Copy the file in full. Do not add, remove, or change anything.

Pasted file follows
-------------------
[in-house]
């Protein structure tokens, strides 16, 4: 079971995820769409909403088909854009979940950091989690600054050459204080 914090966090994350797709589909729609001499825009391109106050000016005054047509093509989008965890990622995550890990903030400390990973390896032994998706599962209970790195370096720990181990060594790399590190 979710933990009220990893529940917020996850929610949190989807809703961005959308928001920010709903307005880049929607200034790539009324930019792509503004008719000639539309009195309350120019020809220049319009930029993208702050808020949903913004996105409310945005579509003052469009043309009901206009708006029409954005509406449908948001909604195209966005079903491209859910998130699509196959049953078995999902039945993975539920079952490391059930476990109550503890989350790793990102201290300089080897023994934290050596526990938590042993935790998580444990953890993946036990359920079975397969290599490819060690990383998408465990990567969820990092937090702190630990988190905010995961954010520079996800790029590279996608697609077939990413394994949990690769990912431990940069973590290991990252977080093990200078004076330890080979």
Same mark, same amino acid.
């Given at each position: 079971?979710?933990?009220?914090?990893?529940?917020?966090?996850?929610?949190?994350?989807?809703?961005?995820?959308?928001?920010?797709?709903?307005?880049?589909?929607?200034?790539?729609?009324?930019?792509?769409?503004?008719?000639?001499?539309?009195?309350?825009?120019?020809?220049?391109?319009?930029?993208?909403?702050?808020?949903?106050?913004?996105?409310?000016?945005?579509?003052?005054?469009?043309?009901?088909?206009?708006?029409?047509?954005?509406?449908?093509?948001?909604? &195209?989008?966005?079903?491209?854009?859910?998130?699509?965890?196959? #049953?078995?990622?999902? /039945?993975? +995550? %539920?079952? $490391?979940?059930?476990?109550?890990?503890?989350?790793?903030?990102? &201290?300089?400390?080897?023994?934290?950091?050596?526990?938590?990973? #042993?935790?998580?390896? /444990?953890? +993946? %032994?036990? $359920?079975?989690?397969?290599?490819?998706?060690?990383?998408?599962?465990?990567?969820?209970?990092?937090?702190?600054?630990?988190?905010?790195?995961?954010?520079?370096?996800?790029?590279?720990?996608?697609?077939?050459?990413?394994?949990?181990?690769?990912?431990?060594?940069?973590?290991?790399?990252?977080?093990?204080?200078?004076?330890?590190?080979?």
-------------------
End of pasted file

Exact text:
[in-house]
């Protein structure tokens, strides 16, 4: 079971995820769409909403088909854009979940950091989690600054050459204080 914090966090994350797709589909729609001499825009391109106050000016005054047509093509989008965890990622995550890990903030400390990973390896032994998706599962209970790195370096720990181990060594790399590190 979710933990009220990893529940917020996850929610949190989807809703961005959308928001920010709903307005880049929607200034790539009324930019792509503004008719000639539309009195309350120019020809220049319009930029993208702050808020949903913004996105409310945005579509003052469009043309009901206009708006029409954005509406449908948001909604195209966005079903491209859910998130699509196959049953078995999902039945993975539920079952490391059930476990109550503890989350790793990102201290300089080897023994934290050596526990938590042993935790998580444990953890993946036990359920079975397969290599490819060690990383998408465990990567969820990092937090702190630990988190905010995961954010520079996800790029590279996608697609077939990413394994949990690769990912431990940069973590290991990252977080093990200078004076330890080979």
Same mark, same amino acid.
């Given at each position: 079971?979710?933990?009220?914090?990893?529940?917020?966090?996850?929610?949190?994350?989807?809703?961005?995820?959308?928001?920010?797709?709903?307005?880049?589909?929607?200034?790539?729609?009324?930019?792509?769409?503004?008719?000639?001499?539309?009195?309350?825009?120019?020809?220049?391109?319009?930029?993208?909403?702050?808020?949903?106050?913004?996105?409310?000016?945005?579509?003052?005054?469009?043309?009901?088909?206009?708006?029409?047509?954005?509406?449908?093509?948001?909604? &195209?989008?966005?079903?491209?854009?859910?998130?699509?965890?196959? #049953?078995?990622?999902? /039945?993975? +995550? %539920?079952? $490391?979940?059930?476990?109550?890990?503890?989350?790793?903030?990102? &201290?300089?400390?080897?023994?934290?950091?050596?526990?938590?990973? #042993?935790?998580?390896? /444990?953890? +993946? %032994?036990? $359920?079975?989690?397969?290599?490819?998706?060690?990383?998408?599962?465990?990567?969820?209970?990092?937090?702190?600054?630990?988190?905010?790195?995961?954010?520079?370096?996800?790029?590279?720990?996608?697609?077939?050459?990413?394994?949990?181990?690769?990912?431990?060594?940069?973590?290991?790399?990252?977080?093990?204080?200078?004076?330890?590190?080979?």